Value Hotel/Motel
    Planning a quick whistle-stop campaign trip to Silicon Valley? Or just paying a visit to your buddies at the Hoover Institute for a round of golf between VC funding meetings? With its proximity to Stanford, Caltrain, the Marguerite Shuttle and the California Avenue shops and restaurants, Hotel California would be a great value even if it weren't so darn affordable. With rates ranging from $97 to $147, the inn is a downright bargain, featuring all non-smoking rooms, complimentary breakfast, a central guest kitchen, free high-speed wireless Internet and a sunny California courtyard. 2341 Ash St., Palo Alto; 650-322-7666


    Brian Maxwell takes a break from the podium to greet Summer Holmstrand-Irmiter, Jennifer Diwa and Megan Hacker. The team represents Adobe Animal Hospital, which won again this year in the 'Best Veterinarian' category. Photo by Veronica Weber.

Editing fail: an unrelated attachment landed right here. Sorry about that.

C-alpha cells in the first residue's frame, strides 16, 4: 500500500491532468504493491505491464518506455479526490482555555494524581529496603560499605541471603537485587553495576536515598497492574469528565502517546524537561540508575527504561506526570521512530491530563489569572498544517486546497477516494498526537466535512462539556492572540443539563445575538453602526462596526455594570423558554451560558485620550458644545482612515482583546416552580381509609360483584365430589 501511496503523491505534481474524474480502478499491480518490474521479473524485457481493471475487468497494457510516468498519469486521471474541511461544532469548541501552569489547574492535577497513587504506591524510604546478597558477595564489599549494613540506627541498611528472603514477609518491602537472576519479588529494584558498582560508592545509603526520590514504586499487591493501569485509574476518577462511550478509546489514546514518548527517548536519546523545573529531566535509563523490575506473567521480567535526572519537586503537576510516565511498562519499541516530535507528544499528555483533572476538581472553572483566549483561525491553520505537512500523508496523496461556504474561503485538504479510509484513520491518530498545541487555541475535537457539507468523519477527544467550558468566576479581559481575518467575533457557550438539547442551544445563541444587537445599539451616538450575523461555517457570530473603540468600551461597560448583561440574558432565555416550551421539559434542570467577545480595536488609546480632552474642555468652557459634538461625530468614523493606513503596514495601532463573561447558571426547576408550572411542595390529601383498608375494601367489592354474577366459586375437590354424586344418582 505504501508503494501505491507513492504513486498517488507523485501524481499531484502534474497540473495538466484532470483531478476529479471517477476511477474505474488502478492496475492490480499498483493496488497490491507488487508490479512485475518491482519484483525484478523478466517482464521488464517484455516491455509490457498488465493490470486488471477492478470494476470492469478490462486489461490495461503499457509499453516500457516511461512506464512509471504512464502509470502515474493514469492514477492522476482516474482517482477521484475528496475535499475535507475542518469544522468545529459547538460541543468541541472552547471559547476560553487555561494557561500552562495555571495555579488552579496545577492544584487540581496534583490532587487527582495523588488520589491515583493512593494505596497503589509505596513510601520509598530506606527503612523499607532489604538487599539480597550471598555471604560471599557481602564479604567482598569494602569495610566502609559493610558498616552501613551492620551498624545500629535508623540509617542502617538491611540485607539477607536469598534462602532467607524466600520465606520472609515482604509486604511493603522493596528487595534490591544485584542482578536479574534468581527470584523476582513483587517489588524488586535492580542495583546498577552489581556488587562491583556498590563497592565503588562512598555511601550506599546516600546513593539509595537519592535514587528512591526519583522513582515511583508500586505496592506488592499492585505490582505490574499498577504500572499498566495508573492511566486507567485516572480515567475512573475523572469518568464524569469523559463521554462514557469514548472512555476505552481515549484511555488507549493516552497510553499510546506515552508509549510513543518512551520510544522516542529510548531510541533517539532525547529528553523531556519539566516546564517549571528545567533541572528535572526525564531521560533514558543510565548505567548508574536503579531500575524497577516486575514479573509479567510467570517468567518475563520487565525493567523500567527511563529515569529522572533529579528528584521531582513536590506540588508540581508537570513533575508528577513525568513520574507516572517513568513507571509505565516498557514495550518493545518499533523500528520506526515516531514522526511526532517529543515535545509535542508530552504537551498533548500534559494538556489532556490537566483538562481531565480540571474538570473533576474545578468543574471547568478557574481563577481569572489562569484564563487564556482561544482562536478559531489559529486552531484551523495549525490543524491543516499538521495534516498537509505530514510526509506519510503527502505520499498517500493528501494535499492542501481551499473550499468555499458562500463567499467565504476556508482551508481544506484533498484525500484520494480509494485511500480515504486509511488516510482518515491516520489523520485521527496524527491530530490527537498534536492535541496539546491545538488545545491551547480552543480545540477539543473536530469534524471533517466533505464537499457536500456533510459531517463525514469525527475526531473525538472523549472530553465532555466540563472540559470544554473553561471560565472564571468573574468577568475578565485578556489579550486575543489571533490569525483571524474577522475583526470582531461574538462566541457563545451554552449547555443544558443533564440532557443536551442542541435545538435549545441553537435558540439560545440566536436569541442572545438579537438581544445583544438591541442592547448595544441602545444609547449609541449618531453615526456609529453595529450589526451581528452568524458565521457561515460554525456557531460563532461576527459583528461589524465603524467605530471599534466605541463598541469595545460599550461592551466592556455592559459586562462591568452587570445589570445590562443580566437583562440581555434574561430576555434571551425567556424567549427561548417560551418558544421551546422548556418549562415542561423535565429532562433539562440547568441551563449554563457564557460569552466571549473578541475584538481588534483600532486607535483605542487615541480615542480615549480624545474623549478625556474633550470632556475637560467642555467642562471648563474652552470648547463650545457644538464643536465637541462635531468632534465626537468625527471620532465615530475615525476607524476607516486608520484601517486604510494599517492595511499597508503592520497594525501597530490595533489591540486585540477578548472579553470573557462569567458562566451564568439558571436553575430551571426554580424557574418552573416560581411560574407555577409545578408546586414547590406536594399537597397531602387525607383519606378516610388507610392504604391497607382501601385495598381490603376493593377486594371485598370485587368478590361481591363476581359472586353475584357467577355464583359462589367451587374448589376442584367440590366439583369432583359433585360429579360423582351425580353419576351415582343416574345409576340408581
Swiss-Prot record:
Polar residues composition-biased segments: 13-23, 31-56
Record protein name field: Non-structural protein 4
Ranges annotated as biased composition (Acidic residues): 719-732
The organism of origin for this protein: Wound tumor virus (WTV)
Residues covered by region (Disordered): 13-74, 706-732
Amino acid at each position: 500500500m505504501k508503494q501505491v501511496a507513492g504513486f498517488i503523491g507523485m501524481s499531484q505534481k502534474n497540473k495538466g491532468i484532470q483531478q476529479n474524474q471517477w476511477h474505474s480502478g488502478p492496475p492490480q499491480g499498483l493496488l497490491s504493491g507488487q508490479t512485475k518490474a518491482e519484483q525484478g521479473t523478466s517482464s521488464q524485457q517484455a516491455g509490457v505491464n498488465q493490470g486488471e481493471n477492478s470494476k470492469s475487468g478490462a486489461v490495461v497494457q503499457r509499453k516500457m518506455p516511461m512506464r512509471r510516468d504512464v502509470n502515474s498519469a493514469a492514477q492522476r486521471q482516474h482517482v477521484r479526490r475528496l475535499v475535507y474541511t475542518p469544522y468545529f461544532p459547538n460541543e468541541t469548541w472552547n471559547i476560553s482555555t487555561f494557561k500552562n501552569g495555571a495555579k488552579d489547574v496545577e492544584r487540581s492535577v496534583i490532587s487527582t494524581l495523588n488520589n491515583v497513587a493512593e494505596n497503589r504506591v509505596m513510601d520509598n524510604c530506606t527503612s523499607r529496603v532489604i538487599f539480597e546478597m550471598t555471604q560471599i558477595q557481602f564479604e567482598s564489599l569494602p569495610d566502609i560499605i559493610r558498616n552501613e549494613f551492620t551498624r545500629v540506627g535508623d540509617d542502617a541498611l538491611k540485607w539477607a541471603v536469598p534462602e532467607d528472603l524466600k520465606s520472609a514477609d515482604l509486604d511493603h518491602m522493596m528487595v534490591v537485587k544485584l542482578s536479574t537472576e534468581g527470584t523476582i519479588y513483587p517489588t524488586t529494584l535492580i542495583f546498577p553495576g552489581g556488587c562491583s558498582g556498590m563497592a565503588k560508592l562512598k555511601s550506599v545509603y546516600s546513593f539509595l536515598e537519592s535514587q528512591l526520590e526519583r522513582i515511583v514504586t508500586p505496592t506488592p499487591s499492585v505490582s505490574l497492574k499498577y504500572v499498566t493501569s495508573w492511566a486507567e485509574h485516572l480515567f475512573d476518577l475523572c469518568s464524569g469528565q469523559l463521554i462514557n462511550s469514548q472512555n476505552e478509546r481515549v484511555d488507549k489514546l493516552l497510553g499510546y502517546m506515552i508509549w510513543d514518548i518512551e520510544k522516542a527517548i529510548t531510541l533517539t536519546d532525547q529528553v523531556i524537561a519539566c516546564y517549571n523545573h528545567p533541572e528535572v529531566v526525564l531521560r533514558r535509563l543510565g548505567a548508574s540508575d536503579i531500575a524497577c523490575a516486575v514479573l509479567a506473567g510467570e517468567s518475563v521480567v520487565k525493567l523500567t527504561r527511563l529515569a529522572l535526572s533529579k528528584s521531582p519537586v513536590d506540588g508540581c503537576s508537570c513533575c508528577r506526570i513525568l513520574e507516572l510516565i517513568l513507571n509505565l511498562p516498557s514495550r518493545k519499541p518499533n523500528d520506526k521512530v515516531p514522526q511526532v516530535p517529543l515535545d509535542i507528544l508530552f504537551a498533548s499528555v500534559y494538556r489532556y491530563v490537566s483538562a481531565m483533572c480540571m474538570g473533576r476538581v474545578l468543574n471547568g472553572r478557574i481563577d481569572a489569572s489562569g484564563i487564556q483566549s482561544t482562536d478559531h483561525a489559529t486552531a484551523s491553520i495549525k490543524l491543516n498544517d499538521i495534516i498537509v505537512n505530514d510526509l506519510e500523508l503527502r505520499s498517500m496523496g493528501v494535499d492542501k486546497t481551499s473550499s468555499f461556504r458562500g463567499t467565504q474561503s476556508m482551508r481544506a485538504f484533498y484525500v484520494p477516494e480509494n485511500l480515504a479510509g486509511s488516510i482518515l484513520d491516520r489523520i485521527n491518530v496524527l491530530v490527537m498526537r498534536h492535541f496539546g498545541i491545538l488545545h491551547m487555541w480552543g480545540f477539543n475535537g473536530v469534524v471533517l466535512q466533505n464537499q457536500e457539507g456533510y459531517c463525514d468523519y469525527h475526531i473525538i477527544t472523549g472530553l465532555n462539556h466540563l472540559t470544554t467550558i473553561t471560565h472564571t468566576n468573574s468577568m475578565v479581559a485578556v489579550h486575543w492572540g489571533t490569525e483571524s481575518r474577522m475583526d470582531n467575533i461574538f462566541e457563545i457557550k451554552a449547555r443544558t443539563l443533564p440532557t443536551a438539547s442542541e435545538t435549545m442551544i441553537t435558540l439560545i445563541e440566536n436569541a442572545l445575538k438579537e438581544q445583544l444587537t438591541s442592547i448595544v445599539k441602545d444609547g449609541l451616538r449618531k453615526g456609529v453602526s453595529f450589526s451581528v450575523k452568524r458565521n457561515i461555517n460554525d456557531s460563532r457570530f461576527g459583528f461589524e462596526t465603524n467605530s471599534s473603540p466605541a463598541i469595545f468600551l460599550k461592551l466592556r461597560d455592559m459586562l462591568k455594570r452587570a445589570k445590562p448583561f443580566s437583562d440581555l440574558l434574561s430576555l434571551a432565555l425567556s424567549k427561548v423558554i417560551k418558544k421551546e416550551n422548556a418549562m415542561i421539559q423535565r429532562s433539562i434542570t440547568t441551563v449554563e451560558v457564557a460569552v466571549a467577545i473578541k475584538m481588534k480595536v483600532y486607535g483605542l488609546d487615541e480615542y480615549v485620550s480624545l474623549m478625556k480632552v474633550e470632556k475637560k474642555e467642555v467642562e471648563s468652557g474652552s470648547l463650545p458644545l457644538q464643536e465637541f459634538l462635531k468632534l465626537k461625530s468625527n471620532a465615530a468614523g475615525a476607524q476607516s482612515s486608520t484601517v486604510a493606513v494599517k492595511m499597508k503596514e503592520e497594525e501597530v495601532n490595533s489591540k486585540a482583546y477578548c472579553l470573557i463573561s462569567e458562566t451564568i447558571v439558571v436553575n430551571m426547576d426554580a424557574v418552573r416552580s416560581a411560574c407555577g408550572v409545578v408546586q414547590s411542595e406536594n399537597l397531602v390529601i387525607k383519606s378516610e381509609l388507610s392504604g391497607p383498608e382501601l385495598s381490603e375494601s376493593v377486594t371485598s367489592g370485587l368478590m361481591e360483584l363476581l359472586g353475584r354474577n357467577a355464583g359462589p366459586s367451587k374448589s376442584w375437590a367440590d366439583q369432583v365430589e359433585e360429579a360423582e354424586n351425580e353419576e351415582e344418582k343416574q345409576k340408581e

Veterinarian
    If pets could vote, they'd surely name Adobe Animal Hospital "Best in Show." I now have twice as many pets as I did when I wrote about Adobe for last year's "Best of" edition. Luckily, Adobe continues to serve furry friends of all varieties with compassion and efficiency. No matter what kind of a pet you have, it's likely that Adobe has a vet who specializes in just what your little Fluffy or Fido needs. It's also open 24 hours a day, so when emergencies strike someone at Adobe is there and ready to help. And it's still the only vet office I know of that dedicates an entire holiday to chinchilla health. 396 1st St., Los Altos; 650-858-7700

    Yoga
    Serene as a lotus blossom, Catherine De Los Santos is one of the main reasons why Darshana Yoga garners so many votes. (It topped Weekly readers' lists in 2006 and 2007, too.) Darshana's owner and director is perpetually welcoming, with a gentle teaching style that will have you doing shoulder stands before you know it. The studio's other instructors are popular, too, teaching an array of classes at many levels and offering periodic special programs such as yoga for cyclists and restorative yoga. 654 High St., Palo Alto; 650-325-9642